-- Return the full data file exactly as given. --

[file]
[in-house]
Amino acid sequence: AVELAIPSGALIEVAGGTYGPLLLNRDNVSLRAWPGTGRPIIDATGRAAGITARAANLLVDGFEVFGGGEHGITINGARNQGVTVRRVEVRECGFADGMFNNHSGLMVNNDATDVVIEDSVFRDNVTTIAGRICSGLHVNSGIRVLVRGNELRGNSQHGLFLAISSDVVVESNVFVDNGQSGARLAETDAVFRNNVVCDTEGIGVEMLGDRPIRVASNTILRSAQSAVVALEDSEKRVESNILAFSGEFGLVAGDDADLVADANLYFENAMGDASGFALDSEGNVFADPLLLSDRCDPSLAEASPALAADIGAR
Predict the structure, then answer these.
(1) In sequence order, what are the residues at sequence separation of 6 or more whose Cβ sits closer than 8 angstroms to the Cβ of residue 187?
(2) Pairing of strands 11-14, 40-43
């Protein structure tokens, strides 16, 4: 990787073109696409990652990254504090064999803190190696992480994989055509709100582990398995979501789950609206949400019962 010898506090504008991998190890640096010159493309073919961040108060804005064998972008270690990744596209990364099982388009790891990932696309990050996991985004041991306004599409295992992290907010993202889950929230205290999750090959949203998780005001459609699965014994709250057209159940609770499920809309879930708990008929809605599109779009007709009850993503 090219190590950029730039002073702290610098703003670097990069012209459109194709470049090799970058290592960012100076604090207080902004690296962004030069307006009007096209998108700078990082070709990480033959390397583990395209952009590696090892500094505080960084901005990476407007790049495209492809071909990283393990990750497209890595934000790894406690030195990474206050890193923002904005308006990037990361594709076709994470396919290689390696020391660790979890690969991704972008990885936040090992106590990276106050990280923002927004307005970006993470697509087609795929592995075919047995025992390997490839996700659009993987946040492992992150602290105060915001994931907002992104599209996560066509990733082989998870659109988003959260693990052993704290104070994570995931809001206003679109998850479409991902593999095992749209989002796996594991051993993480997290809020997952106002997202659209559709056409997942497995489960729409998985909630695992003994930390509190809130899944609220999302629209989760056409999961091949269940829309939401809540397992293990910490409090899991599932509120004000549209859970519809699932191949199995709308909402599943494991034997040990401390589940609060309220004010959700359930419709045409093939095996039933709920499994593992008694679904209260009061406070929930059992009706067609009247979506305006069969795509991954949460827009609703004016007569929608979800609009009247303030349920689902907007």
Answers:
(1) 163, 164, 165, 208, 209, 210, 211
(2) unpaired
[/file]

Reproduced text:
[in-house]
Amino acid sequence: AVELAIPSGALIEVAGGTYGPLLLNRDNVSLRAWPGTGRPIIDATGRAAGITARAANLLVDGFEVFGGGEHGITINGARNQGVTVRRVEVRECGFADGMFNNHSGLMVNNDATDVVIEDSVFRDNVTTIAGRICSGLHVNSGIRVLVRGNELRGNSQHGLFLAISSDVVVESNVFVDNGQSGARLAETDAVFRNNVVCDTEGIGVEMLGDRPIRVASNTILRSAQSAVVALEDSEKRVESNILAFSGEFGLVAGDDADLVADANLYFENAMGDASGFALDSEGNVFADPLLLSDRCDPSLAEASPALAADIGAR
Predict the structure, then answer these.
(1) In sequence order, what are the residues at sequence separation of 6 or more whose Cβ sits closer than 8 angstroms to the Cβ of residue 187?
(2) Pairing of strands 11-14, 40-43
């Protein structure tokens, strides 16, 4: 990787073109696409990652990254504090064999803190190696992480994989055509709100582990398995979501789950609206949400019962 010898506090504008991998190890640096010159493309073919961040108060804005064998972008270690990744596209990364099982388009790891990932696309990050996991985004041991306004599409295992992290907010993202889950929230205290999750090959949203998780005001459609699965014994709250057209159940609770499920809309879930708990008929809605599109779009007709009850993503 090219190590950029730039002073702290610098703003670097990069012209459109194709470049090799970058290592960012100076604090207080902004690296962004030069307006009007096209998108700078990082070709990480033959390397583990395209952009590696090892500094505080960084901005990476407007790049495209492809071909990283393990990750497209890595934000790894406690030195990474206050890193923002904005308006990037990361594709076709994470396919290689390696020391660790979890690969991704972008990885936040090992106590990276106050990280923002927004307005970006993470697509087609795929592995075919047995025992390997490839996700659009993987946040492992992150602290105060915001994931907002992104599209996560066509990733082989998870659109988003959260693990052993704290104070994570995931809001206003679109998850479409991902593999095992749209989002796996594991051993993480997290809020997952106002997202659209559709056409997942497995489960729409998985909630695992003994930390509190809130899944609220999302629209989760056409999961091949269940829309939401809540397992293990910490409090899991599932509120004000549209859970519809699932191949199995709308909402599943494991034997040990401390589940609060309220004010959700359930419709045409093939095996039933709920499994593992008694679904209260009061406070929930059992009706067609009247979506305006069969795509991954949460827009609703004016007569929608979800609009009247303030349920689902907007």
Answers:
(1) 163, 164, 165, 208, 209, 210, 211
(2) unpaired